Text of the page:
Uplifting research

Nick Mellor of the Lift & Escalator Industry Association (LEIA) advises on the latest standards on lift safety, and looks at some of the developments driving innovative solutions in the market

There have been many changes in the legislative background and standards covering lifts, escalators, lifting platforms and associated equipment over the last few years. Following the new BS EN 81-20 in 2017, several standards in the EN 81 family are being revised to keep in step with BS EN 81-20. What does this mean for architects?

Regulations & standards

The latest step in creating relevant, up to date standards has been the publication of BS EN 81-20, the main safety standard for new lifts in new buildings. This came fully into force on 1 September 2017 and is now the harmonised standard for the design of new lifts. In addition to the main safety standards, there are also standards such as BS EN 81-70 for lifts to access buildings for those with disabilities. This standard has recently been revised. The new EN 81-70 includes details of new car sizes which allow turning by passengers in wheelchairs, new requirements for the light reflectance values (LRVs) at lift controls, and requirements for lifts with destination control using new technology such as touch screens. While BS EN 81-20 covers new lifts in new buildings, there are situations where a new lift in an existing building cannot fully comply. BS EN 81-21 has been revised and provides solutions where the pit depth or headroom available is less than that required on a new build.

Changes to technology

Not only are the regulations surrounding lifts changing, but the product offerings and technology are increasingly becoming more innovative and high-tech. Lifts, like other building systems, will increasingly be connected as part of the Internet of Things (IoT). Remote monitoring of lifts is nothing new (there is a standard from the mid 1990s) and many clients specify the use of remote monitoring to give them real time information on the status of their lifts. This provides the possibility for owners and managers to have better data on the availability and usage of their lifts, and on passenger flows in the building. There are benefits also for maintenance by allowing data from the lift to be monitored, and maintenance calls scheduled, to meet the needs of the equipment and minimise disruption. It is also interesting to see that the EC Machinery Directive is being reviewed for the broader implications for AI, IoT, robotics and cybersecurity. Lifts are already very energy efficient due to the drive by many manufacturers towards machine-room-less technology (this becomes housed in the lift shaft) using high efficiency gearless traction machines. Standards such as the BS EN ISO 25745 series now provide a standardised method for measuring and classifying the energy usage of lifts and escalators and are referenced from the BREEAM guide. However, while voluntary schemes such as BREEAM have been quite useful, they can be seen to be prescriptive and include requirements which do not necessarily optimise the energy performance of the building. Traction lifts are inherently energy efficient because they use a counterweight, which balances the weight of the lift car, and a proportion of the lift’s rated load. Hydraulic lifts are often seen as not having such good energy credentials but can use less power during standby making them a viable alternative for shorter travel, less intensively used lifts. The demands of the marketplace and competition between lift manufacturers are set to drive further efficiencies. So, this is one area where the use of statutory regulation is redundant – at least at the level of the lift installation. The key to improving the energy efficiency of lifts is in materials research. So, while the current energy efficiency of lifts owes much to the development of permanent magnets used in lift machines, who knows what material advances we might see in the future?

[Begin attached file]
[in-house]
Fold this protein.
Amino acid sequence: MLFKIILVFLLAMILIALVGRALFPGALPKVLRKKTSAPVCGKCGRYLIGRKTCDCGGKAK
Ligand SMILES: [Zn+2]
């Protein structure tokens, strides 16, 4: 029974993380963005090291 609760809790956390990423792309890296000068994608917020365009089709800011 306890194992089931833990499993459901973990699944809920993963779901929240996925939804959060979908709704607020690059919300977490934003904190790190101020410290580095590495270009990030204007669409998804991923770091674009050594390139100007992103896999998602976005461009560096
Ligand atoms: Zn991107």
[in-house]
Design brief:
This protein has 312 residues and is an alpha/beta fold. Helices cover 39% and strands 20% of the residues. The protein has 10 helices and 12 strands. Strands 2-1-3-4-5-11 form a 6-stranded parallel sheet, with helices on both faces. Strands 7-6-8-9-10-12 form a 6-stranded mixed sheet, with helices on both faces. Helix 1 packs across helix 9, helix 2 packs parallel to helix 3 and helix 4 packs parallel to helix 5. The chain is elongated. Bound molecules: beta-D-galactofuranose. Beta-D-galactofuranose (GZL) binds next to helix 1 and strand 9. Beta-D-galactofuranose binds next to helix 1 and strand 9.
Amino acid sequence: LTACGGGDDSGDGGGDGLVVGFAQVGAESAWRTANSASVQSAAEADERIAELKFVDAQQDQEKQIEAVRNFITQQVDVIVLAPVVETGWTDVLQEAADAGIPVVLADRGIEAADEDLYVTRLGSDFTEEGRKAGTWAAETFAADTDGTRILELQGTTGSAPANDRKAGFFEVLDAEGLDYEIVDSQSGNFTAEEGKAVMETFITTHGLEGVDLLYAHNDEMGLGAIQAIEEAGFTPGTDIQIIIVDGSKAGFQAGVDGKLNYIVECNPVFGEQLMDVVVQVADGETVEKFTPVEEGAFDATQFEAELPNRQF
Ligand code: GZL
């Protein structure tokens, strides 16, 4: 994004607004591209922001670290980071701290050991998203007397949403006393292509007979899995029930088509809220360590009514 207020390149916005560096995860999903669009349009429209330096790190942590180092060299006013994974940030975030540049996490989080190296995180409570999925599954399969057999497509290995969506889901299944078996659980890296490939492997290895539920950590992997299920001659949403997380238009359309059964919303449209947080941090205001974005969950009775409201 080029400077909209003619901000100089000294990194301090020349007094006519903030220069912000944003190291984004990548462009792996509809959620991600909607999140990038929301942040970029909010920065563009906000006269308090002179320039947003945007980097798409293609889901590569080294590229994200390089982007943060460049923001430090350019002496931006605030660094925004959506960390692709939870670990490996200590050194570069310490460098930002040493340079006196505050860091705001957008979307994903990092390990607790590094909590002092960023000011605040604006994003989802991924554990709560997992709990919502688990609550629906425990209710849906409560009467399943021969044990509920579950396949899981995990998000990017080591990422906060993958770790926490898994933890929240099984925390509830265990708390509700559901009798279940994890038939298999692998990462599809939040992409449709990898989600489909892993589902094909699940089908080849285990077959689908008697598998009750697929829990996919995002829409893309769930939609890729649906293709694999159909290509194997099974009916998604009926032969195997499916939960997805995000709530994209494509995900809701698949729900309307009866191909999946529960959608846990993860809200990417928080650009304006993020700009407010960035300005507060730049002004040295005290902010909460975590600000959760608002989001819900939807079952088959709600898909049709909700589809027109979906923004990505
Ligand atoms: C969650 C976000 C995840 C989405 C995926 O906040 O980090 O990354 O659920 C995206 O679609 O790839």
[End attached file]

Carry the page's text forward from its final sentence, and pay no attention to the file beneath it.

Nick Mellor is managing director of the Lift & Escalator Industry Association (LEIA) and Liftex 2019


Liftex 2019 takes place from 15-16 May 2019 at ExCeL, London, and will feature the latest lift technology and solutions. The seminar programme will also address key areas such as legislative changes and their impact on design and specification. For more information visit www.liftex2019.com